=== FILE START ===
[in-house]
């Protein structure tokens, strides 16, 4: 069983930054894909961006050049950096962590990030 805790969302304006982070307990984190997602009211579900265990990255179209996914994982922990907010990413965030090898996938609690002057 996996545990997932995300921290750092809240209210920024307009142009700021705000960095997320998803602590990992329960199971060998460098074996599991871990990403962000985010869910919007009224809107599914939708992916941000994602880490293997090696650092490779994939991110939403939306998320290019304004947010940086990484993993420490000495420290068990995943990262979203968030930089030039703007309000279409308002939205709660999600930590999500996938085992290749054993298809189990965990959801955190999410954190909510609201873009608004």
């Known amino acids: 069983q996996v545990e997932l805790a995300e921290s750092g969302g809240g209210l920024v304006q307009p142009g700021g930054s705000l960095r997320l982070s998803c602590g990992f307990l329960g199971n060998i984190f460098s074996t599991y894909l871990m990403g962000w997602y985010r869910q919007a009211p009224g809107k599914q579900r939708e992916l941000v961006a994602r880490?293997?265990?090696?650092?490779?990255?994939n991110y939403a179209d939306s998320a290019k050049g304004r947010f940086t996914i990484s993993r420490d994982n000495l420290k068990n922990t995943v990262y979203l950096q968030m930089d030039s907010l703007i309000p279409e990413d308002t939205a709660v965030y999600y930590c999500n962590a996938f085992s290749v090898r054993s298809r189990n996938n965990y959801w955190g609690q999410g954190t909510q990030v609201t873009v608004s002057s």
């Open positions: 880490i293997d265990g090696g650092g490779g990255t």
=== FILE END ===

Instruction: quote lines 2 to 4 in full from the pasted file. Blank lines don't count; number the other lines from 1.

């Protein structure tokens, strides 16, 4: 069983930054894909961006050049950096962590990030 805790969302304006982070307990984190997602009211579900265990990255179209996914994982922990907010990413965030090898996938609690002057 996996545990997932995300921290750092809240209210920024307009142009700021705000960095997320998803602590990992329960199971060998460098074996599991871990990403962000985010869910919007009224809107599914939708992916941000994602880490293997090696650092490779994939991110939403939306998320290019304004947010940086990484993993420490000495420290068990995943990262979203968030930089030039703007309000279409308002939205709660999600930590999500996938085992290749054993298809189990965990959801955190999410954190909510609201873009608004």
């Known amino acids: 069983q996996v545990e997932l805790a995300e921290s750092g969302g809240g209210l920024v304006q307009p142009g700021g930054s705000l960095r997320l982070s998803c602590g990992f307990l329960g199971n060998i984190f460098s074996t599991y894909l871990m990403g962000w997602y985010r869910q919007a009211p009224g809107k599914q579900r939708e992916l941000v961006a994602r880490?293997?265990?090696?650092?490779?990255?994939n991110y939403a179209d939306s998320a290019k050049g304004r947010f940086t996914i990484s993993r420490d994982n000495l420290k068990n922990t995943v990262y979203l950096q968030m930089d030039s907010l703007i309000p279409e990413d308002t939205a709660v965030y999600y930590c999500n962590a996938f085992s290749v090898r054993s298809r189990n996938n965990y959801w955190g609690q999410g954190t909510q990030v609201t873009v608004s002057s």
């Open positions: 880490i293997d265990g090696g650092g490779g990255t």